Annie Mumolo and Kristen Wiig star as the titular Barb and Star, lifelong friends who embark on the adventure of a lifetime when they decide to leave their small Midwestern town for the first time ever.
Joined by a pitch-perfect Jamie Dornan as holidaymaker Edgar and a host of other A-list cameos, Barb and Star Go to Vista Del Mar is as much fun to watch as it is to say. Just say it... we'll wait.
The comedy is not for the faint of heart – and not for any raunch or "toilet humour" per se, but rather because of the fast-paced, midwestern drawl with which Wiig and Mumolo whip through their lines, not bothering to break to let us catch our breath. It's reminiscent of the razor-sharp dialogue of The Marvelous Mrs Maisel creator Amy Sherman-Palladino, but with a hilariously surreal twist.
Barb and Star Go to Vista Del Mar does something refreshing by putting two women in their 40s at the centre of a story usually reserved for young men: part buddy comedy, part rom-com, part coming-of-age story. A pastiche of genre held together by glitter glue, you have to go in full tilt to enjoy the more ridiculous gags (like a talking crab and life-saving trousers).
Luckily, Mumolo and Wiig sell them with earnestness, in part because Barb and Star don't have to be more than what they are: bizarre, blurred, funny, caricatures of very real middle-aged women facing their own mid-life coming-of-age stories.
You don't have to squint too hard to see the 'moral' at the heart of the story, about moving forward in your life, trusting and believing in yourself enough to take risks. But all of those messages are wrapped in cotton candy and absurdist humour, making them a sweet pill to swallow in an even sweeter spoonful of sugar.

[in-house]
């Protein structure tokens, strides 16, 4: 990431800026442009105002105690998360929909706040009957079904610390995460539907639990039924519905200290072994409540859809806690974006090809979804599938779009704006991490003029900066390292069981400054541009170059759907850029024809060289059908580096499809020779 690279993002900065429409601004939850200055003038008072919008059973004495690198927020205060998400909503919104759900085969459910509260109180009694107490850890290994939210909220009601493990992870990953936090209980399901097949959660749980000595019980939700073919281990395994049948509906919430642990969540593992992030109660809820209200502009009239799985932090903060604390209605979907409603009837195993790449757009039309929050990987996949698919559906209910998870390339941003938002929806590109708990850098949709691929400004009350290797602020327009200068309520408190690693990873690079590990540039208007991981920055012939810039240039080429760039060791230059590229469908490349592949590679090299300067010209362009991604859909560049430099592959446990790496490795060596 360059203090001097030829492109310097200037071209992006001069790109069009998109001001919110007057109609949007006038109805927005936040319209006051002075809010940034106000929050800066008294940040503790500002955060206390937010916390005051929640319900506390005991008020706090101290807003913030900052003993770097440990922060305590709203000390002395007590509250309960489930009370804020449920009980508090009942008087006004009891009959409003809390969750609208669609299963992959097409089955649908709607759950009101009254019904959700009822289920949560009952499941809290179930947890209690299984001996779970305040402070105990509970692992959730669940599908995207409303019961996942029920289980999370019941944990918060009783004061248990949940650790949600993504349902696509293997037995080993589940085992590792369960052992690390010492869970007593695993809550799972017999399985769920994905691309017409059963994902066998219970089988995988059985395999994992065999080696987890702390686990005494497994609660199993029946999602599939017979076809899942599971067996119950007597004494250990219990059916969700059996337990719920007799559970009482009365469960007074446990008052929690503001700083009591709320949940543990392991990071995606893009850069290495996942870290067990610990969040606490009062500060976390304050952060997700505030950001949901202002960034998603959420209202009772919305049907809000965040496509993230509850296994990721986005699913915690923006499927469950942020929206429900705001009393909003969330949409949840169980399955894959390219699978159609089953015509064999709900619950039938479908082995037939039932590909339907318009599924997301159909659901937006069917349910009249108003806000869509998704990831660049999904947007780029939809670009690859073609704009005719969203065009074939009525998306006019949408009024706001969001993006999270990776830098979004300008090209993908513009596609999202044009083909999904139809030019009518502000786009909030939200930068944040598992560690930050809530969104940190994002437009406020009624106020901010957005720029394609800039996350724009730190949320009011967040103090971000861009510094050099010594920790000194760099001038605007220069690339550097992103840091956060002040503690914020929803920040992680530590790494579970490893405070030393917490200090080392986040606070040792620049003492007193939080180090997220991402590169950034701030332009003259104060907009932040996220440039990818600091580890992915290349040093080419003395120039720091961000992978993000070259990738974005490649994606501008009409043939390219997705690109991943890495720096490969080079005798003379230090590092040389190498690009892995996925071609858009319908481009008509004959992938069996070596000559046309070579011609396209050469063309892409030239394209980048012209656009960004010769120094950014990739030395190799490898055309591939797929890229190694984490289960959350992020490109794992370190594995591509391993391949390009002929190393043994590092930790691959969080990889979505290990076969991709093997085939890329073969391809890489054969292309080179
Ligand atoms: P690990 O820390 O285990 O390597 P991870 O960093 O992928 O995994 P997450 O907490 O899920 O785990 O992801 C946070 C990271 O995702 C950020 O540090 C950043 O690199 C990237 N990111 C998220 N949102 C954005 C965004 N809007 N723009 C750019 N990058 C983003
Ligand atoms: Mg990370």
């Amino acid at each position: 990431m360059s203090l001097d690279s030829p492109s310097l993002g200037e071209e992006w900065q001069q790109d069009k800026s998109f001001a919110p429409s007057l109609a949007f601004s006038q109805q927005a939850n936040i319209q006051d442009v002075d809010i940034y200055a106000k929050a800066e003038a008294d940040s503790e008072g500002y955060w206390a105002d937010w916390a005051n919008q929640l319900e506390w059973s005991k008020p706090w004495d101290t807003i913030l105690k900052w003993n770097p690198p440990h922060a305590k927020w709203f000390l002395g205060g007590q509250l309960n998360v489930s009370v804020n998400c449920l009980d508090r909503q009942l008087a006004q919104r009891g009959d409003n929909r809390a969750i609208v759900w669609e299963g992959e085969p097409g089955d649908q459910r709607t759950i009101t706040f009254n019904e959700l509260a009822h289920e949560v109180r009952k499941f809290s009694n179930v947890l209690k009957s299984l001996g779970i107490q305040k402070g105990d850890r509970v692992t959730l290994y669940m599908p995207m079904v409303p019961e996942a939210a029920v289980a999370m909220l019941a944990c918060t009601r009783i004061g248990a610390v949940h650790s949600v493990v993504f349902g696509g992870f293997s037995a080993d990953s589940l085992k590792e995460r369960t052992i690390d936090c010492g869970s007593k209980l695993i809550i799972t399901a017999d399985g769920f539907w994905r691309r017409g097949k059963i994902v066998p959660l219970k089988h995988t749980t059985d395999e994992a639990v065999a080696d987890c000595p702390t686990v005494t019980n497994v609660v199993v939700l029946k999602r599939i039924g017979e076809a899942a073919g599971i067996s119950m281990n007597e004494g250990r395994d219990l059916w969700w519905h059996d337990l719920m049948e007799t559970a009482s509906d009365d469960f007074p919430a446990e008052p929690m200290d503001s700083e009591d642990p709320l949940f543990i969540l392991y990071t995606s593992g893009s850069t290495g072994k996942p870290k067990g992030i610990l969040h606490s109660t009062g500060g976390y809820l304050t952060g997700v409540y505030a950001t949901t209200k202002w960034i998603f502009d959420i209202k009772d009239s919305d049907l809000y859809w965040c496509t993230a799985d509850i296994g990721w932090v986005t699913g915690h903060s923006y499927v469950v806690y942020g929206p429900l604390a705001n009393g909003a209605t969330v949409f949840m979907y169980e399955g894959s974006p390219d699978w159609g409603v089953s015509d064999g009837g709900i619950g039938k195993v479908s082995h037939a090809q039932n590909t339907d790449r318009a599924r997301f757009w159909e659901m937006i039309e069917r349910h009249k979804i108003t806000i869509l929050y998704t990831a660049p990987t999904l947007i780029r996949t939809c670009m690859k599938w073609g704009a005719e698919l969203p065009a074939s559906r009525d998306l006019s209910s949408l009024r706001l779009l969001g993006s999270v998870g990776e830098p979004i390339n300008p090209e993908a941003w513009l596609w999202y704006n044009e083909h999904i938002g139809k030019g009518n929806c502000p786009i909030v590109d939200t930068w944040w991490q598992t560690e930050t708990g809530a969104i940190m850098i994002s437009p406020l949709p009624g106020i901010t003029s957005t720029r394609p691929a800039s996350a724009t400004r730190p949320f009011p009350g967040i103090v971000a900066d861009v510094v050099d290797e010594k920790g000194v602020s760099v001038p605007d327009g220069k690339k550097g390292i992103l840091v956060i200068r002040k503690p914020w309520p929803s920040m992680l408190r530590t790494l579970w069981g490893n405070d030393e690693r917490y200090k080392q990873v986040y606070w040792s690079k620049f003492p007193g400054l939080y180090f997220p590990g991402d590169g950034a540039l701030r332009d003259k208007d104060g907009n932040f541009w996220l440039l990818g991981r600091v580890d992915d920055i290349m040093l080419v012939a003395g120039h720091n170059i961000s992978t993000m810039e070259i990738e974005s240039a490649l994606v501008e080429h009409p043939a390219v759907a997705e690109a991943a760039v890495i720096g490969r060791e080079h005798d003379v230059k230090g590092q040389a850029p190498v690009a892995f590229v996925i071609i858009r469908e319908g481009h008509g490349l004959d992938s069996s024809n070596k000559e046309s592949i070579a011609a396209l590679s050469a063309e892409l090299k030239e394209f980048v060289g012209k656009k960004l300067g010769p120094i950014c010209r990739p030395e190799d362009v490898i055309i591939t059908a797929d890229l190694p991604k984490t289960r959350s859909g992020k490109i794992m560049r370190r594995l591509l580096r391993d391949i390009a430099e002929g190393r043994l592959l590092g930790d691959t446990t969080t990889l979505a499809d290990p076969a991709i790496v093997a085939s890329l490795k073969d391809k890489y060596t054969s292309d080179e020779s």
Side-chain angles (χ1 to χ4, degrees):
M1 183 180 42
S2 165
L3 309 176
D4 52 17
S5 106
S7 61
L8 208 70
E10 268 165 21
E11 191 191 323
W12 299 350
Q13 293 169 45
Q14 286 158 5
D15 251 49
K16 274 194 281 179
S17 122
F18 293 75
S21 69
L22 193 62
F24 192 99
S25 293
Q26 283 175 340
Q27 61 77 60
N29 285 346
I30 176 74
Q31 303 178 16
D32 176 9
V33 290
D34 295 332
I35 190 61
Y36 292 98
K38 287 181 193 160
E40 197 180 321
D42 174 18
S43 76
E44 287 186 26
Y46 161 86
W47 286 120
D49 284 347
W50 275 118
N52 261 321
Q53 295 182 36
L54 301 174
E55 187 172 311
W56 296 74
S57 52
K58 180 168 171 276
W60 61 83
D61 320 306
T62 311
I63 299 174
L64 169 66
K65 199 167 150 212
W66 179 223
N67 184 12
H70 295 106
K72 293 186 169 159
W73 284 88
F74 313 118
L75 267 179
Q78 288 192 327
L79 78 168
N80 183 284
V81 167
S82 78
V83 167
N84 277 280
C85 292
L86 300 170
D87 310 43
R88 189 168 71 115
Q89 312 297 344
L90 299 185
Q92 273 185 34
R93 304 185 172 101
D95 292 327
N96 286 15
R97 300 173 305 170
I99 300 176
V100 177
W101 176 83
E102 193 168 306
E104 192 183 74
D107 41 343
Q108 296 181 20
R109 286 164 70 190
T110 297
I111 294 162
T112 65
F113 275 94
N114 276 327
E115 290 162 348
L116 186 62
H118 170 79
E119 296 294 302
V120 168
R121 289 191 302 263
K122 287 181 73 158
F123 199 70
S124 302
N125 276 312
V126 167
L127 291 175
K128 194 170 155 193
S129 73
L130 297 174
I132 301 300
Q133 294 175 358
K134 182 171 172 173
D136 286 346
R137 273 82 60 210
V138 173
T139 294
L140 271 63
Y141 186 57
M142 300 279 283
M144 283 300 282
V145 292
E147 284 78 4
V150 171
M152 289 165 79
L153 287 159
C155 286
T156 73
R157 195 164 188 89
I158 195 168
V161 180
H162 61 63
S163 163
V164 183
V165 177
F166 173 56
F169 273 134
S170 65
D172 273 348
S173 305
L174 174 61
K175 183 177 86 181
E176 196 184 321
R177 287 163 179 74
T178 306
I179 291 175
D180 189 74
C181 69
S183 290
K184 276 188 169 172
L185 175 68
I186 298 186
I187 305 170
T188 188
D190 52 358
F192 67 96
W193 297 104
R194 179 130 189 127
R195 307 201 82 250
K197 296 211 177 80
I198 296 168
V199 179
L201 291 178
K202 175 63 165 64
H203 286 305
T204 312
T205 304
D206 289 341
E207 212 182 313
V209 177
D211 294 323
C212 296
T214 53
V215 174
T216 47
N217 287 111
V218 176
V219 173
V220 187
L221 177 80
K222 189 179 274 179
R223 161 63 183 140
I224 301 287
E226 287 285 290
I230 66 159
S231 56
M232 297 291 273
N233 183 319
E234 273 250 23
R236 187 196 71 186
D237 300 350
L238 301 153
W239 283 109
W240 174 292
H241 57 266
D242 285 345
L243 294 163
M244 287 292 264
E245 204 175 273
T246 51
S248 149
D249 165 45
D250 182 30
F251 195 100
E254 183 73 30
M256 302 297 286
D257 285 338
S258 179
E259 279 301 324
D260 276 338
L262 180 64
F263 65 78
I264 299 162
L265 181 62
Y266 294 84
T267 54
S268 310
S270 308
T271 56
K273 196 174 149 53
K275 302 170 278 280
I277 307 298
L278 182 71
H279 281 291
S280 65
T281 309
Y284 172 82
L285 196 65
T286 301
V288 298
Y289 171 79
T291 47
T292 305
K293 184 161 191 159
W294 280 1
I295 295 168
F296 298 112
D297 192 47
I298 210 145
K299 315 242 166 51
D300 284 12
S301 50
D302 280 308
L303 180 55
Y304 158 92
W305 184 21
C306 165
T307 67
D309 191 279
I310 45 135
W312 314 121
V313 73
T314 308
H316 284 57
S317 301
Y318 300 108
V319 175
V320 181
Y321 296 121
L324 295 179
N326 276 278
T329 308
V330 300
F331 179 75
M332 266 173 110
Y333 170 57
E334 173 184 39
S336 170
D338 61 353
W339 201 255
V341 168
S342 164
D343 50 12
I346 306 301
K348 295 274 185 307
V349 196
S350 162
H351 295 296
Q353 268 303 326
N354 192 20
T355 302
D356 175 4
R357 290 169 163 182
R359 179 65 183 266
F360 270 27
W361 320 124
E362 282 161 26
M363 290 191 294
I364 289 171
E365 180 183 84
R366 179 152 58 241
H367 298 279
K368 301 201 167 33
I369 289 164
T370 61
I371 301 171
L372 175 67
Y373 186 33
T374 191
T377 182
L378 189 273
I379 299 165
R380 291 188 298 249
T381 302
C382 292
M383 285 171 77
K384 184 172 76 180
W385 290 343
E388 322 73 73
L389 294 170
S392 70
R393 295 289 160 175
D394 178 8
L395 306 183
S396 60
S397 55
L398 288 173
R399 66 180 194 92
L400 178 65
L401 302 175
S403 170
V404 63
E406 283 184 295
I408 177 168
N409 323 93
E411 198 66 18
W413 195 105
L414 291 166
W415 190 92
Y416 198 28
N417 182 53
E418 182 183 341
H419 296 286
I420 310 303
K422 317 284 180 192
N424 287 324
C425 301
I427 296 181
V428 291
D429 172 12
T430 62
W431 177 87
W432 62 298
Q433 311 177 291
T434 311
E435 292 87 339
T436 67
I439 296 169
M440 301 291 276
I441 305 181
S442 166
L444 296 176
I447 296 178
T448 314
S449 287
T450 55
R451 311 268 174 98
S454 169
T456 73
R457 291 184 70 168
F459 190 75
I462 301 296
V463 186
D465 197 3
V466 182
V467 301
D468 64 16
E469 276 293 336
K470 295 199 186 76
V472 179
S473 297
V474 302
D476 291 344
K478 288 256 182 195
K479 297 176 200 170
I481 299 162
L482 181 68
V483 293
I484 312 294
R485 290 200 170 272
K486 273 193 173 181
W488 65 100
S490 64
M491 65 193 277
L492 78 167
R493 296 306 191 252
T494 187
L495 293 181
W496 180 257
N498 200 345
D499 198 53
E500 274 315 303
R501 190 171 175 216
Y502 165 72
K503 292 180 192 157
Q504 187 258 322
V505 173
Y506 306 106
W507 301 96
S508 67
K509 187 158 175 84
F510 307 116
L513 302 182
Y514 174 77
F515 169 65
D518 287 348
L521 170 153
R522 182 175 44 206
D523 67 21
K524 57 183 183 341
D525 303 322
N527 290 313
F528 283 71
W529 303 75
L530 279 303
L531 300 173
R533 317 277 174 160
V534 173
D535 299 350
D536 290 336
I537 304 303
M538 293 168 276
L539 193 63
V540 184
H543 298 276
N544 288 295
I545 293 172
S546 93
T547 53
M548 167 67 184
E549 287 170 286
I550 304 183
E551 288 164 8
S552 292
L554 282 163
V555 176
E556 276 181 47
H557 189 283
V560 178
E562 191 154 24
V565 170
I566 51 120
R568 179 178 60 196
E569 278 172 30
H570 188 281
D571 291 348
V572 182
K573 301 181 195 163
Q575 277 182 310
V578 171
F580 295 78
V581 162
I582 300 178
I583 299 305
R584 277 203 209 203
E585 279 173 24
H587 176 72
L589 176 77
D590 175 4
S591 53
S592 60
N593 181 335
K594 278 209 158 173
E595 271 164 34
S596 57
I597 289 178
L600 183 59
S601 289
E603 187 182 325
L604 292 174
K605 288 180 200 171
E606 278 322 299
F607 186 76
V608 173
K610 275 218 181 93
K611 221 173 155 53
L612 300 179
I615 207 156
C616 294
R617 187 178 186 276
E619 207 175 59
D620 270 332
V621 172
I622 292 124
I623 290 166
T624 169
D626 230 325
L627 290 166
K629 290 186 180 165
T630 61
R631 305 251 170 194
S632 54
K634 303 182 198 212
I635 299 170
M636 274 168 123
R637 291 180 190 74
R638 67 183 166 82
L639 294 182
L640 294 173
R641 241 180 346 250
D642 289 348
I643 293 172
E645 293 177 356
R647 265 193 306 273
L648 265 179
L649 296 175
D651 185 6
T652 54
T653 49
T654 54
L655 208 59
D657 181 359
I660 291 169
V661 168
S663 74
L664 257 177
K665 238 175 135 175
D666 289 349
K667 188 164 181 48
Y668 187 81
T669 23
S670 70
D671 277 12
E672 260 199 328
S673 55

Playing against type, Edgar is desperate to be in an "official couple" with his love, Sharon Gordon Fisherman (also Wiig, in cakey white makeup and a black wig – we won't spoil why, the reveal is too juicy!). It's refreshing to see a man in the 'desperate to be acknowledged by a toxic partner' role, and it helps that Dornan plays it so sappy and earnest that you, too, fall in love with his desperation.
There's never a wink (or worse, an eye-roll) from him at the camera, either, nor from anyone else. Every single person in this film is wholeheartedly invested in their world and all the bizarre shenanigans that they get up to.
And then there are the cameos. Phyllis Smith from The Office, SNL's Vanessa Bayer, and Gilmore Girls' Rose Abdoo form the ladies' "talking club" where Bayer rules with an iron fist and refuses to let Smith's Dolores talk about horses. Subjects of conversation instead range from "jobs" to "facial expressions" and they serve disgusting-looking hot-dog soup and every minute is sheer perfection.
To call it a trip is an understatement. Barb and Star Go to Vista Del Mar is a tumble down a piña-colada-fuelled rabbit hole. Once through the looking glass, it's an uncanny but thoroughly enjoyable time.
What keeps Barb and Star Go to Vista Del Mar from sliding into second-hand-embarrassment cringe comedy is that the movie respects its characters. Barb and Star are never the butts of the joke, no one pokes fun at their souvenir shop sea-shell friendship bracelets or their flat, midwestern accents.
For all their absurdity, Barb and Star are in command of their own story, and so we go with them because we want to see them win, not fall on their faces. The tight story and quick pacing stop it from becoming tiresome, and the result is that Barb and Star Go to Vista Del Mar is a funny, heartfelt, giddy movie that unabashedly does its own thing.
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